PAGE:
PHARMACOEPIDEMIOLOGY AND PRESCRIPTION
Hiccups in Parkinson’s disease: an analysis of cases reported
in the European pharmacovigilance database and a review
of the literature
A. Del Pozo-Rodríguez
Received: 31 January 2017 /Accepted: 26 May 2017 / Published online: 9 June 2017
Springer-Verlag Berlin Heidelberg 2017
Background Some reports have suggested an association be-
tween dopamine agonists and hiccups, involuntary contrac-
tions that merit full clinical attention because they can be very
debilitating. Many drugs frequently used to treat hiccups are
formally contraindicated in Parkinson’s disease due to their
liability to worsen motor symptoms, making the treatment of
hiccups problematic in this disease. The objective of the pres-
ent study was to analyze all spontaneous reports of hiccups
from the European Pharmacovigilance Database in patients
with Parkinson’s disease and/or on dopaminergic drugs.
Finally, we sought to identify evidence-based recommenda-
tions on the management of hiccups in Parkinson’sdisease.
Methods We searched for all reports of hiccups in the
European Pharmacovigilance Database (EudraVigilance) and
calculated proportional reporting ratios for dopamine agonists
and hiccups. We reviewed the literature on Parkinson’s
disease, dopamine agonists, and hiccups, searching for specif-
ic treatment recommendations for hiccups in this disease.
Results Both rotigotine and pramipexole fulfilled the criteria to
generate a safety signal. We found 32 and 13 cases of hiccups
associated with dopamine agonists in EudraVigilance and the
literature, respectively. There were no specific recommenda-
tions for the management of hiccups in Parkinson’s disease in
the clinical guidelines consulted.
Conclusions We have found evidence that rotigotine and
pramipexole are associated with the appearance of hiccups
and that this adverse reaction occurs predominantly in males.
Given the scarce information available, specific recommenda-
tions are needed in clinical guidelines for the adequate man-
agement of hiccups in Parkinson’sdisease.
Keywords Adverse drug reaction
Hiccups are sudden, involuntary, spasmodic contractions of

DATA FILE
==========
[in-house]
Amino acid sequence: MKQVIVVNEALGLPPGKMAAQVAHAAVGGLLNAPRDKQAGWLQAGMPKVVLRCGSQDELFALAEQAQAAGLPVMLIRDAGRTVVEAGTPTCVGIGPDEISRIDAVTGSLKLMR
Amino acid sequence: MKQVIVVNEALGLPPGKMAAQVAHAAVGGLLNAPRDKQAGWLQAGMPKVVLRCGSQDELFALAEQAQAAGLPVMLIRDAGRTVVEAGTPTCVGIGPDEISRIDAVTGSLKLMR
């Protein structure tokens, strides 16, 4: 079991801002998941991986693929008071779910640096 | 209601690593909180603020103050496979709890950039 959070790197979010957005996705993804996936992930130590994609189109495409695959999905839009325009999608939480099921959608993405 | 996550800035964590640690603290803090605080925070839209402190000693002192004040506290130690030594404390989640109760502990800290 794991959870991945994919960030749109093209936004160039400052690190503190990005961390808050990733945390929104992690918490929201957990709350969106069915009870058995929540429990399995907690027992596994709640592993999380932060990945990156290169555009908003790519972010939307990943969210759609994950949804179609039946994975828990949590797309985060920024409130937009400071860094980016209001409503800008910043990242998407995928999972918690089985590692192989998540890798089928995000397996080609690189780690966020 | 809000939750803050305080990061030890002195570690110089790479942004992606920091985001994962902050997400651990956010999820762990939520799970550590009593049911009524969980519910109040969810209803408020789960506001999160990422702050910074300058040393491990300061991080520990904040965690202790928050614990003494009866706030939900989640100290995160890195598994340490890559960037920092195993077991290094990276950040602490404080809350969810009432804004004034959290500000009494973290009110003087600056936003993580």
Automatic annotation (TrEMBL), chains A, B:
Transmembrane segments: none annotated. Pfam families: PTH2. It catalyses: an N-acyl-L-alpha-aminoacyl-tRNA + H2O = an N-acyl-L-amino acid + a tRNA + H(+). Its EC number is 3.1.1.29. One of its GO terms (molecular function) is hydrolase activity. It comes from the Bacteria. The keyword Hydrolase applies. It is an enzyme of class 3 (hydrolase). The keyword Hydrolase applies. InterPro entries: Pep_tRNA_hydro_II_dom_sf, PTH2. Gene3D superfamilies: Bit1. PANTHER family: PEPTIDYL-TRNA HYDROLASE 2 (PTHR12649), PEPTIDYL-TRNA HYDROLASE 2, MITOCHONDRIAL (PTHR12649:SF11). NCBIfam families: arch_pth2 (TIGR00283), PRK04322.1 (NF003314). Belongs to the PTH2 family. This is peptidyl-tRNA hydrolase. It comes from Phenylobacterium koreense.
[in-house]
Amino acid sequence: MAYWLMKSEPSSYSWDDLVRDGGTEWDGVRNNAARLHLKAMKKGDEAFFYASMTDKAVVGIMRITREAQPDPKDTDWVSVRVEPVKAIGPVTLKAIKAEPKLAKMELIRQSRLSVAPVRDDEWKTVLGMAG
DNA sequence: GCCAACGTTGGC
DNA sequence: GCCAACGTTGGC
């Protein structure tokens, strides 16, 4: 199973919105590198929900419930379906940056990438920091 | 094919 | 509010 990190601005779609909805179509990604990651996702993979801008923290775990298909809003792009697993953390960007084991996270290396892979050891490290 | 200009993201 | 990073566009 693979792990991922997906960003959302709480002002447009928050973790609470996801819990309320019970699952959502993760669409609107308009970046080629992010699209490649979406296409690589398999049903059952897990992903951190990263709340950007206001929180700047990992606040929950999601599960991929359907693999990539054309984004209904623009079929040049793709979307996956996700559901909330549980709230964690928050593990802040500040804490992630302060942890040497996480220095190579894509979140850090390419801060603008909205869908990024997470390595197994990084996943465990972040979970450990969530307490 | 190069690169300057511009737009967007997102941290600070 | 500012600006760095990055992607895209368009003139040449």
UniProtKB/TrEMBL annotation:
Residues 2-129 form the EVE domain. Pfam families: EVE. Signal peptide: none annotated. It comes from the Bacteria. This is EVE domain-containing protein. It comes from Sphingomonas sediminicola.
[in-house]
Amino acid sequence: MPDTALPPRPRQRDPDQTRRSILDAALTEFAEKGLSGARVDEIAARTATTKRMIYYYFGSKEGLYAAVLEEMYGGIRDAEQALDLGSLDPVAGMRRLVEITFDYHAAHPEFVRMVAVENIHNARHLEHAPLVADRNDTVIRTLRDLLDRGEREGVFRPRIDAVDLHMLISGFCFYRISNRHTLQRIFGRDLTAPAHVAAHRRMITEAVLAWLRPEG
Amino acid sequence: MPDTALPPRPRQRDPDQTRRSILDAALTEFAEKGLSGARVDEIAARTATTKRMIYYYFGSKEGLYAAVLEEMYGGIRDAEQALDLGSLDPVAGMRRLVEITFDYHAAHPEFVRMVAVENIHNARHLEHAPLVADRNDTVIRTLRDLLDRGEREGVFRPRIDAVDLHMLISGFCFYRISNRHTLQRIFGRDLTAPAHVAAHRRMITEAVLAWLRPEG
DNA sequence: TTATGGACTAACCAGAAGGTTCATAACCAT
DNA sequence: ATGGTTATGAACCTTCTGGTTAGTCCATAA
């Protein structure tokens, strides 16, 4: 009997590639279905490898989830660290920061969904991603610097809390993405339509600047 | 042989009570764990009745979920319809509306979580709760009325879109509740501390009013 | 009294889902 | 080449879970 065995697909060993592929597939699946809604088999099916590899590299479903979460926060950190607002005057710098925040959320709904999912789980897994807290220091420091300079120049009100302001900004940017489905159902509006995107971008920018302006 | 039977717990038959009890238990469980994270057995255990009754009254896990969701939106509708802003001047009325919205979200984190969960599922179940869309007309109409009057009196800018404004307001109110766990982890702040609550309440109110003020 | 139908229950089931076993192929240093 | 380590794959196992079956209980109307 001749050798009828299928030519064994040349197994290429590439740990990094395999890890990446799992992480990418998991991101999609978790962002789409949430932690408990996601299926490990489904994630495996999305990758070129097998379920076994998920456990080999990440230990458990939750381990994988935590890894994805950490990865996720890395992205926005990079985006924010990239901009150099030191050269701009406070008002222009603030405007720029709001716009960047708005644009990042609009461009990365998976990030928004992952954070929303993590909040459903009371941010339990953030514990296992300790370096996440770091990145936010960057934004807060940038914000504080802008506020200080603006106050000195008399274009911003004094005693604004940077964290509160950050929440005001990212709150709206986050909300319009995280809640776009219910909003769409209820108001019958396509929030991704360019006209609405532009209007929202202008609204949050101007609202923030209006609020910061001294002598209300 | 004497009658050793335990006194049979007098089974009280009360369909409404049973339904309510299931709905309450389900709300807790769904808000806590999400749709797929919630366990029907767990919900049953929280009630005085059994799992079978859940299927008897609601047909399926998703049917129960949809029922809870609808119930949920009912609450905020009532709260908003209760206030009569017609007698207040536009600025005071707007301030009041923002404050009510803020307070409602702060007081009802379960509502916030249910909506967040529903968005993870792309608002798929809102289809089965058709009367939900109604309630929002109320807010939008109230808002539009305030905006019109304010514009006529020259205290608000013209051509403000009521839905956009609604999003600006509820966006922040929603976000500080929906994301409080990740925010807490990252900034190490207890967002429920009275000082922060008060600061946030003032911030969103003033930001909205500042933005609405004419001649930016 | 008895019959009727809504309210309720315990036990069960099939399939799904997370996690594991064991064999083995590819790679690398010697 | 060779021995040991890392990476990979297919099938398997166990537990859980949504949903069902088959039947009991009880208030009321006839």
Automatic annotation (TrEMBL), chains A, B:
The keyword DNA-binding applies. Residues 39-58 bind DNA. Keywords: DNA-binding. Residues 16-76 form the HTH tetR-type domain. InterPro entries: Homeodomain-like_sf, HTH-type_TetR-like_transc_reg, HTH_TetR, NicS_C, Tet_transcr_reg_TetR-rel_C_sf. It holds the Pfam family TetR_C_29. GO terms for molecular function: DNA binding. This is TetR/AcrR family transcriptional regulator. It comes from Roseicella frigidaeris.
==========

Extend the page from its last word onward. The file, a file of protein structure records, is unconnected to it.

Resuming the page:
the diaphragm and external intercostal muscles that result in
inspiration, which abruptly end with the closure of the glottis.
Although little is known about the pathophysiological mech-
anisms underlying hiccups, it has been found that the causes
are heterogeneous, both peripheral and central factors contrib-
uting to their induction .
Some reports have suggested an association between dopa-
mine agonists and hiccups, although the information is scarce
[2–8]. Interestingly, a study carried out in Japan including 90
patients with Parkinson’s disease (PD) showed that hiccups
were more prevalent in individuals with the disease than in
healthy volunteers (20% in PD versus 3%). The authors sug-
gested that not only pharmacological (extrinsic) but also
Electronic supplementary material The online version of this article
(doi:10.1007/s00228-017-2275-6) contains supplementary material,
which is available to authorized users.
* U. Lertxundi
Pharmacy Service, Araba Mental Health Network, C/Alava 43,
01006 Vitoria-Gasteiz, Alava, Spain
Pharmacokinetic, Nanotechnology and Gene Therapy Group
(PharmaNanoGene), Faculty of Pharmacy, Lascaray Research
Center, University of the Basque Country UPV/EHU, Paseo de la
Universidad, 7, 01006 Vitoria-Gasteiz, Spain
Pharmacy Service, Alto Deba Integrated Health Organization, Avda.
Nafarroa 16, 20500 Arrasate Gipuzkoa, Spain
Basque Pharmacovigilance Unit, Hospital de Galdakao-Usansolo,
Eur J Clin Pharmacol (2017) 73:1159–1164